Next month is going to be an important anniversary in Ridgewood transit history. In January, it will be the 100th anniversary that the ground-level trains were elevated overhead.
G.X. Mathews was a major builder and developer in Ridgewood who constructed strong and well-built five-room flats, as he called them, with a bath. With the building boom created by the Mathews Company, thousands of new residents were flooding into the area monthly, which turned the ground-level train stations into deadly hazards.
In January 1914 work was begun to elevate the trains from Wyckoff Avenue and Palmetto Street to Metropolitan Avenue in Middle Village at the Lutheran Cemetery. The Public Service Commission called it the Lutheran Cemetery Line Contract M-7.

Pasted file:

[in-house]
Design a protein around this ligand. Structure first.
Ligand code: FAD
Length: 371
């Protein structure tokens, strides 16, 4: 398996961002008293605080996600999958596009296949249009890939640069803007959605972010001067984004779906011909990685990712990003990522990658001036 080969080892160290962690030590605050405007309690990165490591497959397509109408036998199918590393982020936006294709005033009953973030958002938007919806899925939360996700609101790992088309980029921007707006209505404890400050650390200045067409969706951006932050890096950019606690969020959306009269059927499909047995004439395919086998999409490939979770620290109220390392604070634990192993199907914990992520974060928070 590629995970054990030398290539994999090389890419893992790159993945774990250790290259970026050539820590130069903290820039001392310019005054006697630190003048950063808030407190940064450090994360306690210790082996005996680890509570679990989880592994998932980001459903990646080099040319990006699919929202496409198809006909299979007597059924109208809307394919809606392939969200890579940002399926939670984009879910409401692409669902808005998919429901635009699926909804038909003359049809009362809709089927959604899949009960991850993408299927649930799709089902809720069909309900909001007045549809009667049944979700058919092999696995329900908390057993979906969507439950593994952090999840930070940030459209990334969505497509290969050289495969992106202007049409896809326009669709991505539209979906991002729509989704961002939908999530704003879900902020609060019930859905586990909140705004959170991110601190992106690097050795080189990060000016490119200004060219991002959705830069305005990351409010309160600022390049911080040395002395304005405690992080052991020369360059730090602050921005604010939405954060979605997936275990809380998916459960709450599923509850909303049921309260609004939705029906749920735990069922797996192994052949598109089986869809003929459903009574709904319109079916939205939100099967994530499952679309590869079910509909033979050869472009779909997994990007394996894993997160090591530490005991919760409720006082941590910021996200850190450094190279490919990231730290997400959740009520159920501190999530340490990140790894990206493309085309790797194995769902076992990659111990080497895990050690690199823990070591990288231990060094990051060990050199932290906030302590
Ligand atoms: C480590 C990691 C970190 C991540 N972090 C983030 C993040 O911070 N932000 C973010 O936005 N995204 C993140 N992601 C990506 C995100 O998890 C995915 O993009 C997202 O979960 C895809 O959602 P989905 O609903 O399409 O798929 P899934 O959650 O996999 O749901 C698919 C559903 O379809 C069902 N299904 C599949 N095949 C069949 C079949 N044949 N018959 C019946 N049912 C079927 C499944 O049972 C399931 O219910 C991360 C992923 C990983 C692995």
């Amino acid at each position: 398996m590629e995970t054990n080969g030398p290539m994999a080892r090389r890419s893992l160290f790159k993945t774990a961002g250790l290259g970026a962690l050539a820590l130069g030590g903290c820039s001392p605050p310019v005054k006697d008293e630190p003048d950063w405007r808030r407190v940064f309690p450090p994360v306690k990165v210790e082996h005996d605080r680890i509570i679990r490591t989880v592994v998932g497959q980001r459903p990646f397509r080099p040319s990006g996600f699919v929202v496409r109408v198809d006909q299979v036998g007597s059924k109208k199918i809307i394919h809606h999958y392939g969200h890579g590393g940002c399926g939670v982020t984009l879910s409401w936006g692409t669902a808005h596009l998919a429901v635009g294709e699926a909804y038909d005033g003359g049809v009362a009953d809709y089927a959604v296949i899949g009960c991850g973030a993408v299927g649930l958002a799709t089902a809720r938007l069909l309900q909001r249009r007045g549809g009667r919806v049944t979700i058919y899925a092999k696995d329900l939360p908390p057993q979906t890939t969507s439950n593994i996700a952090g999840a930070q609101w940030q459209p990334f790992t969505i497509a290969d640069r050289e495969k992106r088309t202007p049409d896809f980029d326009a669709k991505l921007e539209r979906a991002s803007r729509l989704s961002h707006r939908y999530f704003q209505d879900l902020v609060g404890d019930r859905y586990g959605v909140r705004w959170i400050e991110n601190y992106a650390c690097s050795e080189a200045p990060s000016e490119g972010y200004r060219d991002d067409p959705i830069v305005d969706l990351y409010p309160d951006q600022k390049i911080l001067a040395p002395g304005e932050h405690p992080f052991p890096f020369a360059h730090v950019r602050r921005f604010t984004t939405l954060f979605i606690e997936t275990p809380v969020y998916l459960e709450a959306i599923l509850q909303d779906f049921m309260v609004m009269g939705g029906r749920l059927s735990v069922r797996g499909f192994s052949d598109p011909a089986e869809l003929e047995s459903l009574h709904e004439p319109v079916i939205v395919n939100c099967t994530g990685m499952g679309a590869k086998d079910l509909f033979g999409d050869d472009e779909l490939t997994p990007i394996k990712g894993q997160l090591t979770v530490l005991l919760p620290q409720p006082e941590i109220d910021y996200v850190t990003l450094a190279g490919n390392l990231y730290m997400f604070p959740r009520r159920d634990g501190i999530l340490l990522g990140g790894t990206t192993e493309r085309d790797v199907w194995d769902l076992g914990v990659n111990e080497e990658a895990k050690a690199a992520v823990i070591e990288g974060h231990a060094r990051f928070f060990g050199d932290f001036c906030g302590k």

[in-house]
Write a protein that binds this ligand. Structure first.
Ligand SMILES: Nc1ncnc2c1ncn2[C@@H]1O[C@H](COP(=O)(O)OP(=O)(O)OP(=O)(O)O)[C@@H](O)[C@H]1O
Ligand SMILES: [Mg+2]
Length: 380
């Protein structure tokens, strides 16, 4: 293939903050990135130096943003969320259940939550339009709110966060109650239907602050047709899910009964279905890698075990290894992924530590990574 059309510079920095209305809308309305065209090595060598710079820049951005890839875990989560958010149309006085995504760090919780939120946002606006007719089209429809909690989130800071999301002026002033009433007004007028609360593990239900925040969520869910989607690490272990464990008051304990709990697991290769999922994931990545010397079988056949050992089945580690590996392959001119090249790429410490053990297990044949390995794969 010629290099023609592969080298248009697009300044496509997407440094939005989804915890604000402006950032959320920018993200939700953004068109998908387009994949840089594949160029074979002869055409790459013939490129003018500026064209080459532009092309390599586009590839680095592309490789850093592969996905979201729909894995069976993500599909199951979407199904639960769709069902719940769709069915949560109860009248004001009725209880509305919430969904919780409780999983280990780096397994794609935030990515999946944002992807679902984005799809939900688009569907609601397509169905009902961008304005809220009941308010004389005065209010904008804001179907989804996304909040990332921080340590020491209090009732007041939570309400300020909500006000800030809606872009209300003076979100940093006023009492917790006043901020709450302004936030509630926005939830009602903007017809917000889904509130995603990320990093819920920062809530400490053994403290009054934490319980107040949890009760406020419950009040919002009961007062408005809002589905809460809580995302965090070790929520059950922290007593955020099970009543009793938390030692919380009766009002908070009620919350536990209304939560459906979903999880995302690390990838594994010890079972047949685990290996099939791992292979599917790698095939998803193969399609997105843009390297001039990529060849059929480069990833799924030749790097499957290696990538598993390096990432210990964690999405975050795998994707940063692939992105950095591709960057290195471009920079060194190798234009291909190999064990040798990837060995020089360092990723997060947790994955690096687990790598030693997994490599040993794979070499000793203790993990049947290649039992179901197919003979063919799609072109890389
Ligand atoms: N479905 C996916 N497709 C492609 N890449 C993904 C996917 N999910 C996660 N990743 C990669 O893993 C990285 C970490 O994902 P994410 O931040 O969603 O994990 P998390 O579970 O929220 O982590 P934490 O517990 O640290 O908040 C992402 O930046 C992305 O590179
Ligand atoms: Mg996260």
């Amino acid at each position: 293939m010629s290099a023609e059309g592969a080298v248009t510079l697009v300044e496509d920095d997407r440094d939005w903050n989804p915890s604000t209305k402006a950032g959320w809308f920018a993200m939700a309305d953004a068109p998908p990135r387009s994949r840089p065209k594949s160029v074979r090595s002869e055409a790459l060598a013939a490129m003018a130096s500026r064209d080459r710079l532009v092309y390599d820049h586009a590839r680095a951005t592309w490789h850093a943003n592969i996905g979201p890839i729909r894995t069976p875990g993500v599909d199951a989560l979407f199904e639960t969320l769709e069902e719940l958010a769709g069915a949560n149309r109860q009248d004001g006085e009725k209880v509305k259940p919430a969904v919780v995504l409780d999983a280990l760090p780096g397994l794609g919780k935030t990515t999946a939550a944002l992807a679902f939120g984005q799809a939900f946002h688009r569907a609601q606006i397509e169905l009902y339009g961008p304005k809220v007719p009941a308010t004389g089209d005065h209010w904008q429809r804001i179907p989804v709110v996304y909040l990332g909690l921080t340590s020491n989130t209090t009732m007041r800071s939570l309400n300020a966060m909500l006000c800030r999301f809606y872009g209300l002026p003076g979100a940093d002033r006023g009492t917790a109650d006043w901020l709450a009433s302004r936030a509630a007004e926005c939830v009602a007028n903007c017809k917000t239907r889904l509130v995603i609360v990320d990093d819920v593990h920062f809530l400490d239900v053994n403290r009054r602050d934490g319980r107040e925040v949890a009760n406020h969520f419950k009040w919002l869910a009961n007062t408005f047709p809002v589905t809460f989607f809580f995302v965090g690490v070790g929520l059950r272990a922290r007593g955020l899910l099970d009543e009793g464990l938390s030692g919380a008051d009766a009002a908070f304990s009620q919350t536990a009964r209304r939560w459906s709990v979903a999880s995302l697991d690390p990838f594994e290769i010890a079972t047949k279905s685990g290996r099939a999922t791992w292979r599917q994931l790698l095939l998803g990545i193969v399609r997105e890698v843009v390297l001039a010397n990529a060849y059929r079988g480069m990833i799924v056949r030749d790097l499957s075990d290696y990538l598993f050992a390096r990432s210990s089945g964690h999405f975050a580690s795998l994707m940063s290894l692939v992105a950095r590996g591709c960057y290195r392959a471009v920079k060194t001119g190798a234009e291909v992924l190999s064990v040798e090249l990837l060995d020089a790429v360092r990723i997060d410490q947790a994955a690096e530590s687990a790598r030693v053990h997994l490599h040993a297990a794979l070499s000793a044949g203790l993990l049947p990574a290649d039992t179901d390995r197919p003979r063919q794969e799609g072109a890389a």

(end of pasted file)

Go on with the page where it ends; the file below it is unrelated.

Now going on 100 years old, it is still referred to as the “ M “ line. The line is one of the older ones in the city and still transports thousands every day to work.
The first wave of immigrants to inhabit this area was German. Shown here are the rows of residences with an iron structure going up in front of them. The excitement of watching the “ bents ” being put into place to support the track which was to be followed shortly brought people out on a cold day. These brick buildings have changed hands many times over the decades with the EL still standing.
Mathews’ “flats” still look as good as they did when they were built. Despite the trains, public records show these multifamily structures sell for around $750,000.